Seeing that there was no hope of anyone being alive, the survivors returned to the neighbours home where one of them rode to Naseby to raise the alarm. Next morning more than 100 miners & settlers went to find and dig out the bodies. A day later a smaller party went over Mt Nobbler by a different route in search of Thomas. The barking of the dogs guided them to where he lay with his cap pulled over his face and his faithful dogs still guarding over him.
So ends the 1891 tragedy of Mt Nobbler and the first recorded avalanche fatalities in New Zealand.
After that rather sobering visit we carried on up the road to one other place left behind after the gold rush, the historic Dansey Pass Hotel.
The hotel was built in 1863 and for a time was the centre of activities in the district. Apparently a stonemason called Happy Bill built the stone building in schist and took his payment in beer, a pint for every schist boulder shaped and laid on the thick walls! Remnants of some of the other stone buildings from the settlement are across the road from the inn.
The hotel still offers accommodation and a stopover for travellers crossing the Pass although I think it’s probably more of a weekend lunch destination. I suspect that there aren’t too many visitors here during the winter and even though there was a fire roaring away inside there wasn’t a soul in sight, not even behind the bar.
Just past the hotel we get into the Pass proper where the signs warn of what is ahead and what not to drive or tow to get there.
So far it’s just another gravel road with power pylons leading the way…
It has snowed recently but it was either a light dusting or a few days ago as most of the road is clear and easy going. This is Mt Kyeburn…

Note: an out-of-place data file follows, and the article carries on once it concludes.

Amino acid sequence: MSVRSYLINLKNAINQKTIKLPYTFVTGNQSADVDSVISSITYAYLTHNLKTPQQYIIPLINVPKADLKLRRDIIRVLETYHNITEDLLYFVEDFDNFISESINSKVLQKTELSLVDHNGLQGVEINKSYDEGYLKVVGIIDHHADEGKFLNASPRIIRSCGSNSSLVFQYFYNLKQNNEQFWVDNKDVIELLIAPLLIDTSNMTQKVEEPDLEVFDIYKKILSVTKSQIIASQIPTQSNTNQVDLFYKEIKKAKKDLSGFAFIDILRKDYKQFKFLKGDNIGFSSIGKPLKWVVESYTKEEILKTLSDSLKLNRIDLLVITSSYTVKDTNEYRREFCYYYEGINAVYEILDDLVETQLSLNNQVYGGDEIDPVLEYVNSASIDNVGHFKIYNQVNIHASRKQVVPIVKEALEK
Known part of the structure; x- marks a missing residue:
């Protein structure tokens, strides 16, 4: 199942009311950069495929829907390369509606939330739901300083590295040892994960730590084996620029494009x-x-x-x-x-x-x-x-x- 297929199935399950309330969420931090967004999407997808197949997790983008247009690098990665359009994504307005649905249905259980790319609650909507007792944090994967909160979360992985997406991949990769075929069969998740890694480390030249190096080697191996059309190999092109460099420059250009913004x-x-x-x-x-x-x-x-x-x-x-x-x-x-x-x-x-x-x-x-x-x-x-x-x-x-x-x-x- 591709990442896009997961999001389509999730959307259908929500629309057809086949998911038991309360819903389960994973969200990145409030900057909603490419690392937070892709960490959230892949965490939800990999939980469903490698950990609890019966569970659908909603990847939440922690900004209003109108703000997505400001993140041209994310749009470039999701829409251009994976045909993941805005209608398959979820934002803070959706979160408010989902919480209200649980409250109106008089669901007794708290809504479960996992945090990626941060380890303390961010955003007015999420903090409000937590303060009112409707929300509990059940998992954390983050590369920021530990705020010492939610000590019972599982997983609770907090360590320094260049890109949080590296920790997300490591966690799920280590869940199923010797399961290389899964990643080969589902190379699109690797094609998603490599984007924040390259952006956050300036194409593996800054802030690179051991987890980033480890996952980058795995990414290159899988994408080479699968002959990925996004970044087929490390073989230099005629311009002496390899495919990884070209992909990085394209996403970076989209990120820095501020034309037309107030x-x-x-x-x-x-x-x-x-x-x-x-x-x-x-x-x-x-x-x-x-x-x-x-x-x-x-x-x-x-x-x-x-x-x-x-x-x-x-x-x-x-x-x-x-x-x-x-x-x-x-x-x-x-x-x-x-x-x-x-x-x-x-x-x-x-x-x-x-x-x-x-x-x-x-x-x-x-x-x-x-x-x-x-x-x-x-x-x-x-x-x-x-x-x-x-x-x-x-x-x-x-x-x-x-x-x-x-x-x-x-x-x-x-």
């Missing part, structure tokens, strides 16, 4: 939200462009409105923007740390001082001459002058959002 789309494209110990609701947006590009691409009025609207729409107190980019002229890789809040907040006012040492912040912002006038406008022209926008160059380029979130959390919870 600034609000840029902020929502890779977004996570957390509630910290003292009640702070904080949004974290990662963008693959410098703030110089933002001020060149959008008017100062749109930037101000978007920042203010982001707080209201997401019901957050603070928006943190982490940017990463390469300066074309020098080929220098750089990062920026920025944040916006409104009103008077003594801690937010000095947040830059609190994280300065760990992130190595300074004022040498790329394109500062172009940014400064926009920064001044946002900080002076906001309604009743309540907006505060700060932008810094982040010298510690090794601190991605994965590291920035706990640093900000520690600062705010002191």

…and the Oteake Conservation Park, a huge & remote area where you can tramp, camp, mountainbike, 4WD and even horse ride. When it’s not winter. The park includes part of the Hawkdun & Mt Ida Ranges and stretches back towards St Bathans and over to Kurow in the Waitaki Valley. What an amazing place it would be to explore, you can download the DOC map here if you’re keen.
The road got a little narrow and rough in a couple of places and we hit a few icy patches as we climbed gently higher.
In a couple of places the rough schist walls rose vertically from the road and even appeared to overhang it a few areas, obviously the reason larger vehicles would have trouble negotiating their way past.
The view back down the valley over the snow tussock was stunning and we were thrilled to spot a NZ Falcon/Karearea chasing it’s lunch, a smaller bird, past us at very high speeds as they both weaved, ducked and dived their way down the gully on the right. It wasn’t going to be our last sighting of a falcon that day either.
There were some interesting schist rock formations along the road, this one looked as if it had just been pushed off the side.
At another stop there are some old bridge abutments. More than likely they’re left over from the original track through the pass used by teamsters and their wagon trains plying their trade between the Waitaki Basin and the gold fields of Central Otago.
Heading towards Mt David (good name) and luckily the snow on the road is more slush than ice….
And just as we’re thinking the snow better not get any thicker…
…we arrive at the summit- Danseys Pass, 935m.
We decide this will be as far as we’ll go, it’s mid afternoon and freezing cold outside with a stiff wind blowing. We don’t want to be caught on the wrong side of the Pass when everything starts to freeze up as the sun drops. We didn’t quite join the link, we probably only had about 12kms to travel down the Waitaki side to meet a point where we had travelled to last year when we were checking out Duntroon & Earthquakes (yes a settlement with that name). Perhaps we’ll travel up the Waitaki side of the Pass another time when we’re in that area.
A panorama from Danseys Pass, looking out over the Waitaki Basin towards the Pacific Ocean with the east coast, between Timaru to the North & Oamaru to the south, in the distance.
We have a quick cup of tea and a bite to eat while jumping about trying to keep warm before heading off back down the Pass towards home…
…with one final stop near the river at Kyeburn Diggings to watch thousands of finches feeding in a paddock of stock feed swedes and where we were to see our second falcon of the day. But you’ll have to wait for the next post to see that.